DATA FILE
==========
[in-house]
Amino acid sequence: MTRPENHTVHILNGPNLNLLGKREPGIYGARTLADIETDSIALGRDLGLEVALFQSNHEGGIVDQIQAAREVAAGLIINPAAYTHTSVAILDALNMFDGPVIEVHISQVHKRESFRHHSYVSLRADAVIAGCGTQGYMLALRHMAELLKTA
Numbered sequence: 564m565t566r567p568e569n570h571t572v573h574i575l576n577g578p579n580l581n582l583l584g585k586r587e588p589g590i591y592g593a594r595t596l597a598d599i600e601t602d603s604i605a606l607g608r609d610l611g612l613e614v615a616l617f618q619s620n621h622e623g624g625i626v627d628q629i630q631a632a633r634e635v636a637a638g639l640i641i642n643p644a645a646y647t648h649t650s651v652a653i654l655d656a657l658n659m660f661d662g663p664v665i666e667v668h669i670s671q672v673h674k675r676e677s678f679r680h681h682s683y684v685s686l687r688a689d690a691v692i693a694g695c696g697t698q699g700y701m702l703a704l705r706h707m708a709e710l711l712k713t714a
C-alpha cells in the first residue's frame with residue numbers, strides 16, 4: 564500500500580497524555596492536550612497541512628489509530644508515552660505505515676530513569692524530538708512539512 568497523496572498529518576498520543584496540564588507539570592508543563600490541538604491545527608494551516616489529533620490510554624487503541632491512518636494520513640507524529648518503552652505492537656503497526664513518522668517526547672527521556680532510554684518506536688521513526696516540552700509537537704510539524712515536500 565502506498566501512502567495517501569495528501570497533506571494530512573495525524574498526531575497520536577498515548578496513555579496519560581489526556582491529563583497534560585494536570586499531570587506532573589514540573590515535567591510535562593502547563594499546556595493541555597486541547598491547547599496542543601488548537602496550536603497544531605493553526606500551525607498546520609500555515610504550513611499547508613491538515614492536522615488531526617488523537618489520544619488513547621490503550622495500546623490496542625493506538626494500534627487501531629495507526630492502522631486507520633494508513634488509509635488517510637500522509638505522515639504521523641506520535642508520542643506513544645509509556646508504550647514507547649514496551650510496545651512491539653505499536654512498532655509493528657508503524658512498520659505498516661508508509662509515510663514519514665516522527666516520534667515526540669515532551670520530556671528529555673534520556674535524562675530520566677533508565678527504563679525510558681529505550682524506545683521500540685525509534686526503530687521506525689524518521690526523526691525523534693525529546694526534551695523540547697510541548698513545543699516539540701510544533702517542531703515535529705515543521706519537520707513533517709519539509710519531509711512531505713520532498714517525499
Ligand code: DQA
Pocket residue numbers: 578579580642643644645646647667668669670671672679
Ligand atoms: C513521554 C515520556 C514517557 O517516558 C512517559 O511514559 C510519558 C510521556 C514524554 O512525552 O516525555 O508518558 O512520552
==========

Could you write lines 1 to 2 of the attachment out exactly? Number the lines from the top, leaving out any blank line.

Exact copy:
[in-house]
Amino acid sequence: MTRPENHTVHILNGPNLNLLGKREPGIYGARTLADIETDSIALGRDLGLEVALFQSNHEGGIVDQIQAAREVAAGLIINPAAYTHTSVAILDALNMFDGPVIEVHISQVHKRESFRHHSYVSLRADAVIAGCGTQGYMLALRHMAELLKTA